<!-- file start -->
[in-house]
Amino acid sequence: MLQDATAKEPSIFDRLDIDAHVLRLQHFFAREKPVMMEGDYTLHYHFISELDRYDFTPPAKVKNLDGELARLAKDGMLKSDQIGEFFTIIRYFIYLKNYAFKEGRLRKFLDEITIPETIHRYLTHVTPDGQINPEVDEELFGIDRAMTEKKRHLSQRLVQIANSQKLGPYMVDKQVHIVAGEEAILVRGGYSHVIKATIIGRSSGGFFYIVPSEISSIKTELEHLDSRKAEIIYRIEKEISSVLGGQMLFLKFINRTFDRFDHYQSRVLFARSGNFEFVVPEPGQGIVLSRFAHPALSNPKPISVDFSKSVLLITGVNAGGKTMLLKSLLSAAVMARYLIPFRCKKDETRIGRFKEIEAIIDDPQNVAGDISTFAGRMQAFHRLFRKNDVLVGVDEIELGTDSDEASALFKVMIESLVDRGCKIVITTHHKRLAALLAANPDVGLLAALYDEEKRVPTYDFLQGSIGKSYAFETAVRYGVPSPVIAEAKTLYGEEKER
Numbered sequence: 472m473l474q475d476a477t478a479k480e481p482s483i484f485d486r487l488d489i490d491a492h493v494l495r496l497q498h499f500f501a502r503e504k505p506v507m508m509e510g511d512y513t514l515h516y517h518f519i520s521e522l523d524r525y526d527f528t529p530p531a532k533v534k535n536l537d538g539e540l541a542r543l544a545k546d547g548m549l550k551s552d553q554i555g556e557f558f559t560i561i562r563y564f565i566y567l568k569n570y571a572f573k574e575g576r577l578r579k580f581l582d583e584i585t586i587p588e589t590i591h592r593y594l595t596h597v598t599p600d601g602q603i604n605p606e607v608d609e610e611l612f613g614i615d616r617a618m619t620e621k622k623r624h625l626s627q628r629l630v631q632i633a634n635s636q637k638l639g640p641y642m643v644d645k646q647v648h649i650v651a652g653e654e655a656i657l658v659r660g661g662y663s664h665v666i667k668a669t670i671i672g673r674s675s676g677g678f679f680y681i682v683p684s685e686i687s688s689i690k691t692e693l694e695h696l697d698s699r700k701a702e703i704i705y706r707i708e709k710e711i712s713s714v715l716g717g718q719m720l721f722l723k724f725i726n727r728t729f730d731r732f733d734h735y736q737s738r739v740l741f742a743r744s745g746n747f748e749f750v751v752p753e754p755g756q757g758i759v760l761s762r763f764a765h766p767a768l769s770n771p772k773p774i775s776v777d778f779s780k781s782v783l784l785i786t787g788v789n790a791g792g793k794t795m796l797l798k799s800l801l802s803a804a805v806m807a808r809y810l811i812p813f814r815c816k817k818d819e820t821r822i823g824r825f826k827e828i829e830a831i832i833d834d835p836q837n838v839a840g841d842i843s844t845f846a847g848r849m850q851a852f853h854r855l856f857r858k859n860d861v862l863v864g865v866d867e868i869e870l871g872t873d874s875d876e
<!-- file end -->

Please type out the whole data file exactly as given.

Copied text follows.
[in-house]
Amino acid sequence: MLQDATAKEPSIFDRLDIDAHVLRLQHFFAREKPVMMEGDYTLHYHFISELDRYDFTPPAKVKNLDGELARLAKDGMLKSDQIGEFFTIIRYFIYLKNYAFKEGRLRKFLDEITIPETIHRYLTHVTPDGQINPEVDEELFGIDRAMTEKKRHLSQRLVQIANSQKLGPYMVDKQVHIVAGEEAILVRGGYSHVIKATIIGRSSGGFFYIVPSEISSIKTELEHLDSRKAEIIYRIEKEISSVLGGQMLFLKFINRTFDRFDHYQSRVLFARSGNFEFVVPEPGQGIVLSRFAHPALSNPKPISVDFSKSVLLITGVNAGGKTMLLKSLLSAAVMARYLIPFRCKKDETRIGRFKEIEAIIDDPQNVAGDISTFAGRMQAFHRLFRKNDVLVGVDEIELGTDSDEASALFKVMIESLVDRGCKIVITTHHKRLAALLAANPDVGLLAALYDEEKRVPTYDFLQGSIGKSYAFETAVRYGVPSPVIAEAKTLYGEEKER
Numbered sequence: 472m473l474q475d476a477t478a479k480e481p482s483i484f485d486r487l488d489i490d491a492h493v494l495r496l497q498h499f500f501a502r503e504k505p506v507m508m509e510g511d512y513t514l515h516y517h518f519i520s521e522l523d524r525y526d527f528t529p530p531a532k533v534k535n536l537d538g539e540l541a542r543l544a545k546d547g548m549l550k551s552d553q554i555g556e557f558f559t560i561i562r563y564f565i566y567l568k569n570y571a572f573k574e575g576r577l578r579k580f581l582d583e584i585t586i587p588e589t590i591h592r593y594l595t596h597v598t599p600d601g602q603i604n605p606e607v608d609e610e611l612f613g614i615d616r617a618m619t620e621k622k623r624h625l626s627q628r629l630v631q632i633a634n635s636q637k638l639g640p641y642m643v644d645k646q647v648h649i650v651a652g653e654e655a656i657l658v659r660g661g662y663s664h665v666i667k668a669t670i671i672g673r674s675s676g677g678f679f680y681i682v683p684s685e686i687s688s689i690k691t692e693l694e695h696l697d698s699r700k701a702e703i704i705y706r707i708e709k710e711i712s713s714v715l716g717g718q719m720l721f722l723k724f725i726n727r728t729f730d731r732f733d734h735y736q737s738r739v740l741f742a743r744s745g746n747f748e749f750v751v752p753e754p755g756q757g758i759v760l761s762r763f764a765h766p767a768l769s770n771p772k773p774i775s776v777d778f779s780k781s782v783l784l785i786t787g788v789n790a791g792g793k794t795m796l797l798k799s800l801l802s803a804a805v806m807a808r809y810l811i812p813f814r815c816k817k818d819e820t821r822i823g824r825f826k827e828i829e830a831i832i833d834d835p836q837n838v839a840g841d842i843s844t845f846a847g848r849m850q851a852f853h854r855l856f857r858k859n860d861v862l863v864g865v866d867e868i869e870l871g872t873d874s875d876e